|Publication number||US4794021 A|
|Application number||US 06/930,166|
|Publication date||Dec 27, 1988|
|Filing date||Nov 13, 1986|
|Priority date||Nov 13, 1986|
|Also published as||DE3766940D1, EP0268116A1, EP0268116B1|
|Publication number||06930166, 930166, US 4794021 A, US 4794021A, US-A-4794021, US4794021 A, US4794021A|
|Inventors||Curtis N. Potter|
|Original Assignee||Microelectronics And Computer Technology Corporation|
|Export Citation||BiBTeX, EndNote, RefMan|
|Patent Citations (9), Non-Patent Citations (2), Referenced by (24), Classifications (13), Legal Events (6)|
|External Links: USPTO, USPTO Assignment, Espacenet|
In conventional semi-conductor devices fabrication of thin, usually less than 5 microns thick, photoresist layers are spin coated on wafers sequentially during fabrication steps. The photosensitive resist is exposed through an appropriate mask, developed, then the resulting resist pattern is transferred to a metal layer by etching or plate up.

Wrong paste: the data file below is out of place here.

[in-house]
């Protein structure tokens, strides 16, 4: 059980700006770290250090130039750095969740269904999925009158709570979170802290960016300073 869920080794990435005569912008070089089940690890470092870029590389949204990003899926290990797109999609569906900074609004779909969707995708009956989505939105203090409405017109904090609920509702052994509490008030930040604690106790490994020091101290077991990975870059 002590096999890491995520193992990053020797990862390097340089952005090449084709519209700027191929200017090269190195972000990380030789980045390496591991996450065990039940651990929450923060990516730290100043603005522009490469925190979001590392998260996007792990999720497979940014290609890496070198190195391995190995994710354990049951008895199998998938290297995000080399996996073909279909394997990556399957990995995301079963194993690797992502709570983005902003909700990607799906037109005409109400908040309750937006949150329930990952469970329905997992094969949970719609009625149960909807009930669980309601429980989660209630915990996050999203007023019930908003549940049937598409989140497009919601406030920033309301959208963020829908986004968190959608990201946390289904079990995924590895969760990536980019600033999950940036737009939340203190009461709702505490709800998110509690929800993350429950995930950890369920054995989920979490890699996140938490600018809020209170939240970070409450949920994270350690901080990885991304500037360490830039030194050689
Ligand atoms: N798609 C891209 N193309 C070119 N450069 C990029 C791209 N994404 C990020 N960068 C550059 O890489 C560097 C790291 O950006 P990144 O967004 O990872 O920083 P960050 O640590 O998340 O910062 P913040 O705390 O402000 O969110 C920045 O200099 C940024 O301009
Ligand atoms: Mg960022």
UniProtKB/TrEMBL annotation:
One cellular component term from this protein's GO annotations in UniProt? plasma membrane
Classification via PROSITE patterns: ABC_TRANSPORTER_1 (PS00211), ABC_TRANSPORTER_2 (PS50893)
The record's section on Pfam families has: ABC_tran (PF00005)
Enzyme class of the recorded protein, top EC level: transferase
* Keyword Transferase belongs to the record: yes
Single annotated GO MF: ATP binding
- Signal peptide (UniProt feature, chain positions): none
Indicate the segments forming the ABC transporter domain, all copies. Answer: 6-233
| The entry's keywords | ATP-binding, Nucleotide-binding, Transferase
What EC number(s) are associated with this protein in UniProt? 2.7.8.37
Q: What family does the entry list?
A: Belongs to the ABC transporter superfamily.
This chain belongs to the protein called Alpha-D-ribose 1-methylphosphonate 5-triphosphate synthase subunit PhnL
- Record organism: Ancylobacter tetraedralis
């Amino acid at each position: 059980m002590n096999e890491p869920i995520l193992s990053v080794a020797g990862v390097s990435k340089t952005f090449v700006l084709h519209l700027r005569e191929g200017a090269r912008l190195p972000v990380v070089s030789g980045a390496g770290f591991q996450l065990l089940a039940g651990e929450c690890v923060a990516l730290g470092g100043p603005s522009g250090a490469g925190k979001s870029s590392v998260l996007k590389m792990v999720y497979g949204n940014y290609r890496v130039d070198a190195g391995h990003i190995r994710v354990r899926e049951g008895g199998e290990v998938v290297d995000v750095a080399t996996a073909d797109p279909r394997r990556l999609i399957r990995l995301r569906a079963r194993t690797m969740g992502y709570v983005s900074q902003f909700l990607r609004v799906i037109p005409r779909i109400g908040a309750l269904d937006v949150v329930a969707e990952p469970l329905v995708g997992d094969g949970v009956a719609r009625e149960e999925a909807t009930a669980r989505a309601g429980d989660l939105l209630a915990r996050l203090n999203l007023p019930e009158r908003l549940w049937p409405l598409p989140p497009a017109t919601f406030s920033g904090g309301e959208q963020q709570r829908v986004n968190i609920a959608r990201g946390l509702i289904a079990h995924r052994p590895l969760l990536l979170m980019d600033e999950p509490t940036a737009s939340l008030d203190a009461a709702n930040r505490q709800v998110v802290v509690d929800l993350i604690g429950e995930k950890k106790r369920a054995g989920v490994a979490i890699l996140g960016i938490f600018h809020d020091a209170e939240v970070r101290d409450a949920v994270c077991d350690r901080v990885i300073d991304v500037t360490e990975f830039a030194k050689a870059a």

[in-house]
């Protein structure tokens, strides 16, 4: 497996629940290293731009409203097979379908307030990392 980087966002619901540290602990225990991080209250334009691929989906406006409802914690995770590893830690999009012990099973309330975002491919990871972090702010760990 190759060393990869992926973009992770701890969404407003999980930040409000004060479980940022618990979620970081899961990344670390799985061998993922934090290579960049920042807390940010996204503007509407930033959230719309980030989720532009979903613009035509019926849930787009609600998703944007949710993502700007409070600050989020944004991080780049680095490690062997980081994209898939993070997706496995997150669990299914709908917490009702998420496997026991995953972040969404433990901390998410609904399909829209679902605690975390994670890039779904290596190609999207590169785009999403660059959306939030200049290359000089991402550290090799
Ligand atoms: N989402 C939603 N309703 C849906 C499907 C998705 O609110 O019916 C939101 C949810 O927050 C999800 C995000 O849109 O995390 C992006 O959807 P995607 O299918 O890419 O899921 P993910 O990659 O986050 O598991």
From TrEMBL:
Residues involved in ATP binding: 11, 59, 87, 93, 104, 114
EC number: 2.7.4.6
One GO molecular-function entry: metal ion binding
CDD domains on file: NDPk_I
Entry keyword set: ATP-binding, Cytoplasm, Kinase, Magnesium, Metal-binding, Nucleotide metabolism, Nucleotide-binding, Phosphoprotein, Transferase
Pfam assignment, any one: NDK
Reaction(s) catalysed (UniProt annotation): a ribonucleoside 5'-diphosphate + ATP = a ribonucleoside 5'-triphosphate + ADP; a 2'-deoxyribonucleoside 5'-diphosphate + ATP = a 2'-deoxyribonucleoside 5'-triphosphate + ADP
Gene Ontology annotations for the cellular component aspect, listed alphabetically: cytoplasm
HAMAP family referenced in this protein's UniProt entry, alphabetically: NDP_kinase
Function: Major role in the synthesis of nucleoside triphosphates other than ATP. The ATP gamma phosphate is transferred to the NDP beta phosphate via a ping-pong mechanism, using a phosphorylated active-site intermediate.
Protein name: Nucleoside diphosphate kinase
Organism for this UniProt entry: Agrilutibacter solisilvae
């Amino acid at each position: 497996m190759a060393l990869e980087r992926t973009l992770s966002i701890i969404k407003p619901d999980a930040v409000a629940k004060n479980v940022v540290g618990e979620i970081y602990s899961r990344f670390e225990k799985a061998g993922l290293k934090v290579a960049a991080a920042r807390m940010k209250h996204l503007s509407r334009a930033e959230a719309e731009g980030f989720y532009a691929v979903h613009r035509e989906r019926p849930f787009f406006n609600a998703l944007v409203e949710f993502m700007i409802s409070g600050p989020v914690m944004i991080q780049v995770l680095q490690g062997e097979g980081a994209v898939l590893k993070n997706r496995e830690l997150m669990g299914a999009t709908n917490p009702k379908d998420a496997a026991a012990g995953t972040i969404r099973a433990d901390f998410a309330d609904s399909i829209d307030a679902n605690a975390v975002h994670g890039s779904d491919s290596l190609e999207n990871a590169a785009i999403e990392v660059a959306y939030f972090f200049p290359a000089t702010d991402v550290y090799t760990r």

For some applications it has been found necessary to use resist layers from 5 to 50 microns in thickness, or more. However, as the thickness increases it becomes more difficult to uniformly coat wafers. Thickness variations due to features in relief on the wafer surface and a tendency for the resist to bead to a greater thickness at the edge of the wafer become significant problems.
The present invention is directed to a method of obtaining a thick, uniform photoresist or other polymer coating on a semiconductor or other wafers by means of a novel reflow technique. The present method is particularly useful for planarizing wafers which contain previously fabricated structures in high relief.
The present invention is directed to a method of providing a uniform thick coating of photoresist or other polymer coating to be formed over large relief features on a semiconductor or other wafers with a greatly reduced edge bead width.
A stil further object of the present invention is the method of providing a planarized coating on an electronic wafer including applying a polymer containing a solvent to the wafer by spin coating, and before the polymer dries, placing the coated wafer in an oven. The wafer is heated while controlling the solvent loss by maintaining the pressure of the solvent vapor and providing a slow solvent loss for planarizing the top surface of the polymer. Thereafter, the wafer is removed from the first oven and the bake cycle is completed in a standard convection bake oven.